Europe Day Special: Avoiding the slippery slopes towards euroscepticism

Today is Europe Day. The Treaty of Rome, the EU’s founding treaty was signed 55 years ago; post war Europe sought a new strategy to end old enmities and forge shared prosperity through economic growth. However one measures the achievements of those goals, the conclusion has to be the European Union has delivered on both counts.

For those of us who believe in the EU’s objectives and feel that Britain should be leading in Europe, these are turbulent times.

Restoring faith in a political structure which may appear removed from the citizen, and rebuilding an economic framework which has been proven inadequate is a challenge for Europe’s political leaders.

The rise of fringe anti-EU political parties is also testament to deep-seated dissatisfaction, largely aimed at politicians at the national level, although the EU institutions have become a protest lightning rod.

The first round ballot of the French presidential elections tells the story; Le Pen’s Front National and Melenchon’s Communists – both populist parties playing the anti-European card – scooped almost 30 per cent of the popular vote. We’ve seen similar trends in a number of other countries. Conservative grandee, Tim Yeo, has warned the Tory faithful that UKIP presents a similar challenge to his party’s fortunes; a strong showing in the 2014 European elections will, he fears, dent Conservative prospects at the General Election.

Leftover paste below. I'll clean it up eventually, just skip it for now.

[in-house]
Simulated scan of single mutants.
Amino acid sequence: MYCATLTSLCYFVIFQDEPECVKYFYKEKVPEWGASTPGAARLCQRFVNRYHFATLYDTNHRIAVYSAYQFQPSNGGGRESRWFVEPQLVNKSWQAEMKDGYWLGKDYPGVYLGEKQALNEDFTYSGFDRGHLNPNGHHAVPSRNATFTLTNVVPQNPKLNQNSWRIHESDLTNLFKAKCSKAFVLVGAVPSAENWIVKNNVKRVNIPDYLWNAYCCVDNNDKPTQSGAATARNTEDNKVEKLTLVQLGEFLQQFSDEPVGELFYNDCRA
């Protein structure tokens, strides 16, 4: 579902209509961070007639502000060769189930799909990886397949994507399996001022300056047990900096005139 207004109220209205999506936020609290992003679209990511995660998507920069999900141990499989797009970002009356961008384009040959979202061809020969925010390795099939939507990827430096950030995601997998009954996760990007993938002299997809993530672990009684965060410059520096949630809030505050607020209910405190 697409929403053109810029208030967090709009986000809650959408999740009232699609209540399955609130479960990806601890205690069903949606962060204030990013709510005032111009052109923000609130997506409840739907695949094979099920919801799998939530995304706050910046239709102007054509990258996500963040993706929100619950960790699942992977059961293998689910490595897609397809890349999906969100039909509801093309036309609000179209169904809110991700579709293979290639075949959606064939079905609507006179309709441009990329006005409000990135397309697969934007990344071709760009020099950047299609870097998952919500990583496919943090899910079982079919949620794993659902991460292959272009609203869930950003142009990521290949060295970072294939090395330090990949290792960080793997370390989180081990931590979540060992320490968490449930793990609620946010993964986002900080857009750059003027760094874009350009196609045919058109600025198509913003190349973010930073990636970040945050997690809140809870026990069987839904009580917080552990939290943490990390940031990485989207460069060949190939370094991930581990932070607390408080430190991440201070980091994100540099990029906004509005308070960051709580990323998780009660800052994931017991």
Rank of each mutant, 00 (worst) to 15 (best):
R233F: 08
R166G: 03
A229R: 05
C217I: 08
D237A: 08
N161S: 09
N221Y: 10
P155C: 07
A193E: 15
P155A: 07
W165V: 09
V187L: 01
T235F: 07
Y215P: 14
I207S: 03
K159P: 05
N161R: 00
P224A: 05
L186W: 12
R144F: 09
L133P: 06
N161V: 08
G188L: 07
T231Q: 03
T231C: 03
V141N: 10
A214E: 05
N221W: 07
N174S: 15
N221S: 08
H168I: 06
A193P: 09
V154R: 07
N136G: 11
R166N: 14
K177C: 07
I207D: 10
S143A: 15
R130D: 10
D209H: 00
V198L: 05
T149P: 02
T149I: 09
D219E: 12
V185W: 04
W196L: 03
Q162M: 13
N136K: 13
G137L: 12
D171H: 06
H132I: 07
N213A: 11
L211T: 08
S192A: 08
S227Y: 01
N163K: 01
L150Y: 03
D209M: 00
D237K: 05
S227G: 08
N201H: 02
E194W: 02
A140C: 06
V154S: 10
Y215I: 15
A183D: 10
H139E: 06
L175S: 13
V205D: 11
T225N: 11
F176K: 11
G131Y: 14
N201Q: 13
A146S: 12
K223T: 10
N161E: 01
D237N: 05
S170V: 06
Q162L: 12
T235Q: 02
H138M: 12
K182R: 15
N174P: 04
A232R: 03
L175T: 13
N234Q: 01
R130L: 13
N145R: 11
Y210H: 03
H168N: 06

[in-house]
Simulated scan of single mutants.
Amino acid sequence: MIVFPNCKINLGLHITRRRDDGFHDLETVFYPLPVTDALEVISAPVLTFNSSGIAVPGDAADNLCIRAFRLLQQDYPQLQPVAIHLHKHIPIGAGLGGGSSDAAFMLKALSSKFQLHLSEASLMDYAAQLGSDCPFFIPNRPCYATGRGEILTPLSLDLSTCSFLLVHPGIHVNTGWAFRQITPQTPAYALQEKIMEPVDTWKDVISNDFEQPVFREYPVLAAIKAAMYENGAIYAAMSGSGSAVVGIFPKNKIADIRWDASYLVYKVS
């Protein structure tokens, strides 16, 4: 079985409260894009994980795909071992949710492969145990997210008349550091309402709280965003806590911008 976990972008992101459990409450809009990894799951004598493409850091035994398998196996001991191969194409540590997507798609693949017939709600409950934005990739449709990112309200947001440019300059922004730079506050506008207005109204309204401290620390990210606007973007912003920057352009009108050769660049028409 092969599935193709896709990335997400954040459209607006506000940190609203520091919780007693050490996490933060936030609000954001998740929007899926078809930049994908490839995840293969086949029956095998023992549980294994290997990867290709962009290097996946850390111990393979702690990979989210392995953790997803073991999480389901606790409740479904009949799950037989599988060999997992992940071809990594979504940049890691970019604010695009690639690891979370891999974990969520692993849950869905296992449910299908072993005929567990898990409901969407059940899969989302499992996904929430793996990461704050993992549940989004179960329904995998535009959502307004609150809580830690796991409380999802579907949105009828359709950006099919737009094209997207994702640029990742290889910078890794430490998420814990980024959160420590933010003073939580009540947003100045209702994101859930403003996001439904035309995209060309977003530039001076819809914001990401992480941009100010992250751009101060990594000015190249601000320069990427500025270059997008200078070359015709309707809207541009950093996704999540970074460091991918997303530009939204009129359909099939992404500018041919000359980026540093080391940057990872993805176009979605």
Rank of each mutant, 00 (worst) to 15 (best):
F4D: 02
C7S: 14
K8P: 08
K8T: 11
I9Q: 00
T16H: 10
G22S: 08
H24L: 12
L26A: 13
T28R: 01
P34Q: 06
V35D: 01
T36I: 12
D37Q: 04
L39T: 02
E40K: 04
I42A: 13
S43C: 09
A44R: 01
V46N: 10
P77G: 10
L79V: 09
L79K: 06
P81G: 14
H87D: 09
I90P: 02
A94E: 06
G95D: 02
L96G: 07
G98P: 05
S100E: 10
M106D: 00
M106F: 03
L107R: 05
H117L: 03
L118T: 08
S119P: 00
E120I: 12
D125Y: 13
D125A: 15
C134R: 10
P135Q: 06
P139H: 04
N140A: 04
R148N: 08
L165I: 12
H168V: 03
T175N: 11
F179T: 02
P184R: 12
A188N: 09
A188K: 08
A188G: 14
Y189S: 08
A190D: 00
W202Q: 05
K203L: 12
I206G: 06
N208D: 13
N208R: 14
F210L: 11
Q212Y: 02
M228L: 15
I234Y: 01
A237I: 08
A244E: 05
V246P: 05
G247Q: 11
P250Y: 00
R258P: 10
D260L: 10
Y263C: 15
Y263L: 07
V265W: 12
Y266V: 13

Against this backdrop, the temptation is to pick up the eurosceptic rugby ball and run with it. Less Europe, not more; sovereignity not shared solutions.

Liberal Democrats tend to default to a more enlightened, progressive mindset. Our values are anchored in being engaged in the international community, sufficiently self aware to recognise the UK no longer has the clout to go it alone. Internationalists by instinct, we recognise the challenges of our age are rarely managed at the national level alone. Tackling global issues can only be achieved in concert with other countries and within an agreed framework of action that has political and legal bite.

Take the issue of crime.  Drug smuggling, trafficking of people (including children) and the market in illegal weapons and firearms are transboundary. It defies logic, then, that UKIP and some Conservatives call for our withdrawal from European justice and home affairs initiatives such as the European Arrest Warrant, EuroJust and Europol. It’s easy to bang that particular drum, but the consequences would lead quite simply to more crime on our streets.

However, the temptation remains on the doorstep to deliver a populist line. While we should keep the EU in check, we should not sleepwalk down the slippery slope of euroscepticism.

Let UKIP spew nonsense, and Conservatives spin half-truths, but it is our responsibility as Liberal Democrats to defend the reality of living in a globalised world; that if we want less crime on our streets, if we want a cleaner environment, if want to guarantee affordable energy solutions, if want to safeguard economic growth and prosperity, that can not only be achieved realistically by means of the European Union.  There isn’t an alternative.  The logic then follows, we should make the best of our membership; leading beats being led.

The climate is tough, and sentiment on the doorstep can be chilly.  However, landing the message that vetoes and other futile posturing ends in the UK shooting itself in the foot is an opportunity that, as Liberal Democrats, we should not shy away from.